Senator Provides Inside Scoop on Sacramento

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Former Orange County Supervisor and current Senator John Moorlach speaks at the Newport Beach Chamber of Commerce’s monthly Wake Up! Newport meeting on Dec. 3. — Photo by Sara Hall ©
Former Orange County Supervisor and current Senator John Moorlach speaks at the Newport Beach Chamber of Commerce’s monthly Wake Up! Newport meeting on Dec. 3.
— Photo by Sara Hall ©

Newporters got the inside scoop on Sacramento straight from the source last week at an early morning meeting with a California politician.

Former Orange County Supervisor and current Senator John Moorlach spoke at the Newport Beach Chamber of Commerce’s monthly Wake Up! Newport meeting, held Dec. 3 in the Friend’s Room at the library.

Moorlach spoke about the fiscal health of the state, budget priorities, transportation and Caltrans reform, and more.

“I want to focus on fixing California’s finances,” Moorlach said.

The California fiscal condition ranks poorly, he noted.

The unfunded pension is one of the biggest problems. California has the nation’s highest unfunded pension obligations at $140 billion, which a conservative number, Moorlach said. Reform is needed, he added.

Another issue is that companies are leaving California because of a number of issues that make it difficult for them to prosper. The state’s major export is people, Moorlach joked, because residents are moving elsewhere for better business opportunities. The goal is to have a business friendly state where they can thrive, he commented.

The budget priorities have changed in recent years. During the 2008-2009 fiscal year the state spent the most money in k-12 education, just under $40 billion, according to a graph Moorlach displayed. The budget for the 2015-2016 year revealed that health and human services took the top spot this time around. While the budgets for both grew, each hovering around the $50 billion mark, education came in at a close second.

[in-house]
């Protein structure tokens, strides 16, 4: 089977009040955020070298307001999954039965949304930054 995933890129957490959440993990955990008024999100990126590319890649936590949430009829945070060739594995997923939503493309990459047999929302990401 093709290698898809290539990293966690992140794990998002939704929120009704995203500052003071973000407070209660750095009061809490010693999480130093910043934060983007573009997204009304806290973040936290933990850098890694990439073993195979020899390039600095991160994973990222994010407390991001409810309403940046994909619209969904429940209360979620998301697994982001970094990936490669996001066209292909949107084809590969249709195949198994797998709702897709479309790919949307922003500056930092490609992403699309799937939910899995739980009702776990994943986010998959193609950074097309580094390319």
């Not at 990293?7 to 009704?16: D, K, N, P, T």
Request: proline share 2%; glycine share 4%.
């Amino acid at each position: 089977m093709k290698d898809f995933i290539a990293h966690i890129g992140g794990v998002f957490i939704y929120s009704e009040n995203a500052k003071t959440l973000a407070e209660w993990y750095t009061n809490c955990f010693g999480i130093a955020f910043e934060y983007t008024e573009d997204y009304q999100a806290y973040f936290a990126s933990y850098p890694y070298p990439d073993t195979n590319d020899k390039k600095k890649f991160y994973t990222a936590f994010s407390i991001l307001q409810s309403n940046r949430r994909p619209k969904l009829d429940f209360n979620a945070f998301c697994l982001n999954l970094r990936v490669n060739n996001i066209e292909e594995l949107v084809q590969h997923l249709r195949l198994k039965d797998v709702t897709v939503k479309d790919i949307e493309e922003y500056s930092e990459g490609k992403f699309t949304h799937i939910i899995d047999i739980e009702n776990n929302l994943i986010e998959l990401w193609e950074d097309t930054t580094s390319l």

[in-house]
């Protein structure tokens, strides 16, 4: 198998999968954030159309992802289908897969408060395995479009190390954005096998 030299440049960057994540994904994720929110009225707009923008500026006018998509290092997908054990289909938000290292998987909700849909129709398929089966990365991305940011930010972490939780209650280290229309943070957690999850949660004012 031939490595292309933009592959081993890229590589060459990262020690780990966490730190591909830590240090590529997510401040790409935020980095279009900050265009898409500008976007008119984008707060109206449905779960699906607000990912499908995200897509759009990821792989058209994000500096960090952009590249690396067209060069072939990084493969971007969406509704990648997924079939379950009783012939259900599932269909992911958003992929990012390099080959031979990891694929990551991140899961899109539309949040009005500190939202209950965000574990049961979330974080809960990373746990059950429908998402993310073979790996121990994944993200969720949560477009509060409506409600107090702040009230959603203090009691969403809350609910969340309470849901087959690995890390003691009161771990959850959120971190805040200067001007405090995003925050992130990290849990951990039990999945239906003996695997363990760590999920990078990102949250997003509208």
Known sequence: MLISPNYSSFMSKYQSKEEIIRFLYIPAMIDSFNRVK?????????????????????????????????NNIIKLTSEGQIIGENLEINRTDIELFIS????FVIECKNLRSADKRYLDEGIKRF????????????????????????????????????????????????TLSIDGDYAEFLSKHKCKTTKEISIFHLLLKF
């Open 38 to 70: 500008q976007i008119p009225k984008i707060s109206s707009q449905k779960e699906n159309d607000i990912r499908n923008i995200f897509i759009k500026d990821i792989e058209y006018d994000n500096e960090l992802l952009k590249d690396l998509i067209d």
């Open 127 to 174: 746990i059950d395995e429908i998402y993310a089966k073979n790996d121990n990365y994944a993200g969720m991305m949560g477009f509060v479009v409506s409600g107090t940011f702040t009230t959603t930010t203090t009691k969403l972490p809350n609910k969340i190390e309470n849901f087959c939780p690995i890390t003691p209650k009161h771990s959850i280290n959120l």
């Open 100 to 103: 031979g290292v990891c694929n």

The budget priorities also showed that the state has paid the least amount of attention to transportation. The state has not made it a priority, he noted.

“The state has intentionally not done anything with fixing our roads,” Moorlach said.

California outsources about 10 percent of transportation and maintenance projects, which is tiny compared to other states that outsource between 50 and 80 percent. It would save a significant amount of money if California stepped up and started contracting projects out, he noted.

Caltrans reform needs to be a priority, Moorlach said.

He mentioned a report from the State Legislative Analyst’s Office that came out in May of 2014.

The report explained that out of the 20,000 Caltrans employees, about half are architects and engineers. They found that they are overstaffed in that area by 3,500 employees.

“It’s just staggering,” Moorlach commented. “There are 3,5000 of these guys that have nothing to do.”

That group of 3,500 overstaffed people are paid an average of $143,000, he continued, which totals to about half a billion dollars that taxpayers are paying “for people to do nothing.”

“The math is not pretty,” he added.

These are just a few of the issues that face California, Moorlach noted.

 

For more information, visit district37.cssrc.us and newportbeach.com.

 

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